Artificial Eye Retinal Implants Could Allow the Blind to Read

Now Reading
Artificial Eye Retinal Implants Could Allow the Blind to Read

Artificial Eye Retinal Implants Could Allow the Blind to Read

By Brandy Cross

New developments in artificial eye technology could allow the blind to read, but not to see. Retinal implants have now been developed with the technology to ‘read’ text on signs or menus, and convert it to braille for a visually impaired patient. While artificial eye technology is still a relatively ‘new and developing’ tech, it could mean a new sense of freedom for the visually impaired.

artificial eye retinal implants by second sight

What is a Retinal Implant?

A retinal implant or prosthetic retina is a device that is used to return partial eyesight to blind or visually impaired victims. The technology has already been used in one study to completely restore vision to a series of blind mice, allowing them to see again, and in other cases used to restore vision to persons with degenerative sight diseases. The eye prostheses are implanted into the back of the eye where they are programed to transmit images and visual data to the brain, in a similar way that the working retina would. While the technology isn’t far enough along to provide users with fully working artificial eyes, it can allow partial vision restoration, even to the point of giving back enough sight to read signs, see yourself in the mirror, and walk without aid in unknown areas. However, the artificial eye technology used in this instance is purely focused on transferring standard text into braille, which is more familiar and easier to comprehend for most visually impaired persons.

How It Works

Restoring sight to the visually impaired is almost within reach, but even so, there are very few accommodations available for the blind, who might not be able to read unfamiliar items such as menus, street crossing signs or flyers. The new retinal implant for artificial eye technology was developed by Second Sight, an artificial sight technologies company, responsible for developing both the Argus I and the Argus II technologies. The Argus I is the first of its kind, a retinal implant for artificial vision and aided reading. The implant works to read text and then transmit it to vision sensors at the back of the eye, after translating it into Braille text that the person should be able to read. The Argus I was effective, but offered very low resolution results. The Argus II offers higher resolution, and has been tested with an 89% accuracy rate on short words, and higher on longer words. While this artificial reading aid clearly needs more work, it is a far step from just a few years ago when no retinal implants were available. Currently the Argus II operates using a minute video camera mounted on a pair of glasses to read text, and then transfer it to the eye on a 10×6 electrode array, in braille dots.  While not currently 100% effective, the Argus II is sufficiently capable of allowing visually impaired patients to differentiate between road signs, to find cafés and restaurants, and even to read street signs with about 70-89% accuracy. Currently Argus II is not intended to replace standard braille, which most users can read at about 800 words per minute. Instead, it is intended to give more freedom and understanding of a location through the ability to read and understand signs, menus, and other public information messages that are frequently not available for the blind.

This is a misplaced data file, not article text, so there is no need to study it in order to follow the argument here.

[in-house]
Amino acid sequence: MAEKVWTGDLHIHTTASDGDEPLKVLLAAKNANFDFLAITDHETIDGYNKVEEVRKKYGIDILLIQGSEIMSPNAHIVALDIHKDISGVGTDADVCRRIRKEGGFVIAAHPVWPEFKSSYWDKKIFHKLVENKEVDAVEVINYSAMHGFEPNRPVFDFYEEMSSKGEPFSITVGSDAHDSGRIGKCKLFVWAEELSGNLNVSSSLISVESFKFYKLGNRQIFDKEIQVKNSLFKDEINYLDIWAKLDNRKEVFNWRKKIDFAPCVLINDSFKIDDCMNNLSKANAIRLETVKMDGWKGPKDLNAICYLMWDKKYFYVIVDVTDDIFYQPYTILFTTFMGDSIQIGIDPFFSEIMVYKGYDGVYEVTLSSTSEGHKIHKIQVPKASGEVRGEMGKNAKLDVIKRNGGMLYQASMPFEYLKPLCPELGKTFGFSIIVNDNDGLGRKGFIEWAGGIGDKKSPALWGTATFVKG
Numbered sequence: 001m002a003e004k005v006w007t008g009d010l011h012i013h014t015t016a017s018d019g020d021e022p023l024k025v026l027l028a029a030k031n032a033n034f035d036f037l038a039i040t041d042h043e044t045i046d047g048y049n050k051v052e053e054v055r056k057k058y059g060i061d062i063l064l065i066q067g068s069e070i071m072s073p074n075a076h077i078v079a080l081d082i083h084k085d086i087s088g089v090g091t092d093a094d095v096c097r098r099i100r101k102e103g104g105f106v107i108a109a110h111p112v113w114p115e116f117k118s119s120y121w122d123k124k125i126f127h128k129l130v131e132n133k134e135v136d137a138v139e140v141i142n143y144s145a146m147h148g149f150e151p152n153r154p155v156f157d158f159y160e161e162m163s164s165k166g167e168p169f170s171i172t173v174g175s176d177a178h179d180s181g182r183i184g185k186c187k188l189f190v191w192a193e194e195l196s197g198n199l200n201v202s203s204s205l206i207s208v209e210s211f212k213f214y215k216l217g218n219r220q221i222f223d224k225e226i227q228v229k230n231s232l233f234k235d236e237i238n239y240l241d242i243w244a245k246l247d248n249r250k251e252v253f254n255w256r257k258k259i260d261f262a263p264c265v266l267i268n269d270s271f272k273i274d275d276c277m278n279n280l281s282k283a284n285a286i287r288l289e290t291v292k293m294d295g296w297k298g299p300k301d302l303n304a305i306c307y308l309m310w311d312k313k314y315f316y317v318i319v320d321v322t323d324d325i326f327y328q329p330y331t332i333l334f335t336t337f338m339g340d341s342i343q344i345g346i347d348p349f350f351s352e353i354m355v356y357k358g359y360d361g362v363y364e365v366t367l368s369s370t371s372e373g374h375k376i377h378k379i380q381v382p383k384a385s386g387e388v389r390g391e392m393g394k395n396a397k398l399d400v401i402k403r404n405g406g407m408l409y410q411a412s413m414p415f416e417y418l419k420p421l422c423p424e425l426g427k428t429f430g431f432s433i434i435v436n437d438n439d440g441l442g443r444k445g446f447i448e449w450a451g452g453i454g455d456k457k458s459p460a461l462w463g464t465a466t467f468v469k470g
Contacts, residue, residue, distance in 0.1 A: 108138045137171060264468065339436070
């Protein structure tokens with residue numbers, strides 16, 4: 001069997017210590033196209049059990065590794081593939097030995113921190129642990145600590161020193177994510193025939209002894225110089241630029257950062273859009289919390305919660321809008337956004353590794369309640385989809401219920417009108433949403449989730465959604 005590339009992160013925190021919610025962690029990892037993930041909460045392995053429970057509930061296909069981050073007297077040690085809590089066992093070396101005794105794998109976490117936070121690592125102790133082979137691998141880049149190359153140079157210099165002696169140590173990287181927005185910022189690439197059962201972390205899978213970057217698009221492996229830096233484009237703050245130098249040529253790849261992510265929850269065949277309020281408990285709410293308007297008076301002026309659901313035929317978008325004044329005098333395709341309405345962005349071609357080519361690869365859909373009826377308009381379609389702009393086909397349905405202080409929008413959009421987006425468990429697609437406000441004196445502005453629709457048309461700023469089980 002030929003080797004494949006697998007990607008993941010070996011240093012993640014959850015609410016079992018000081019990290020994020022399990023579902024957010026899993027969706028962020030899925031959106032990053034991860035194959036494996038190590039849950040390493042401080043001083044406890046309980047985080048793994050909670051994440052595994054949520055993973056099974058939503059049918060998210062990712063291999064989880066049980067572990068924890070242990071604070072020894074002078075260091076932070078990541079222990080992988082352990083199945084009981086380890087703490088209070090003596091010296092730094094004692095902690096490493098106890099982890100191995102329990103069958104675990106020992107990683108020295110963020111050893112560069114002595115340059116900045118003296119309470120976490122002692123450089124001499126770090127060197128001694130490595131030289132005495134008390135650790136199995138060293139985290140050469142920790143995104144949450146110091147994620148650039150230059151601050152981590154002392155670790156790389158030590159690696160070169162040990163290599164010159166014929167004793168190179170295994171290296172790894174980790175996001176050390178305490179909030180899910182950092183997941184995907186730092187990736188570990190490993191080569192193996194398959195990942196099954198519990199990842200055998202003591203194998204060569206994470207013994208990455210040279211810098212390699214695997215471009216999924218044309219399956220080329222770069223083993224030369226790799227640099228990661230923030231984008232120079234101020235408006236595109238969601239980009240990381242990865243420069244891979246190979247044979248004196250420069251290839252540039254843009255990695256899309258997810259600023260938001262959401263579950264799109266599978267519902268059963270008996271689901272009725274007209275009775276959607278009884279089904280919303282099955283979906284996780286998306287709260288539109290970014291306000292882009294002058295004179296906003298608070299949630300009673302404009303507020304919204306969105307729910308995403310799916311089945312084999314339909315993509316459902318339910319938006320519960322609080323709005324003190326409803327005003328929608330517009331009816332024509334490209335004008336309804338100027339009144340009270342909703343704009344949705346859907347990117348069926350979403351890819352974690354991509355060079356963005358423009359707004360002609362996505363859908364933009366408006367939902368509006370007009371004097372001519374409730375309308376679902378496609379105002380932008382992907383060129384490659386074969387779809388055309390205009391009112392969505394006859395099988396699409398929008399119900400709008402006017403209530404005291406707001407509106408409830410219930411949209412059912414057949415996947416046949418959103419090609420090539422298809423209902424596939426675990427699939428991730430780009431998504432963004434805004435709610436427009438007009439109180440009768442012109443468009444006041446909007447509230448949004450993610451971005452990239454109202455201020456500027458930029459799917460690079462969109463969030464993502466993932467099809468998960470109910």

The Future of Artificial Eye Technology

Retinal implants are the first step towards a fully working artificial eye, but surprisingly, very few people have them.  An estimated 60,000 people in the United States alone could benefit from an artificial eye, but currently neither the technology nor the knowledge is widespread enough to warrant the necessary surgery.

Artificial eye technology, including aided reading with the Argus II retinal implant, or aided vision, is a new and developing technology that is expected to rise to prominence within the next few years. For now, the Argus II, developed by Thomas Lauritzen of Second Sight, along with developers from the Brigham Young University and French scientists, has been approved for commercial use in Europe.  While not yet available for purchase, the Second Sight website claims that it soon will be, meaning that visually impaired persons can look forward to the technology. With future developments in artificial eye technology, readers could have 100% accuracy, and


What's your reaction?
Love it
Want it
Like it
Had it
Hate it
About The Author
Proliferate writer, sesquipedalian, techie, Apple fangirl (don't judge),tree hugger, yogi, tea drinker, zombie hunter. Into philotherianism & philomathy. Love my job. Visit me on Google +

Leave a Reply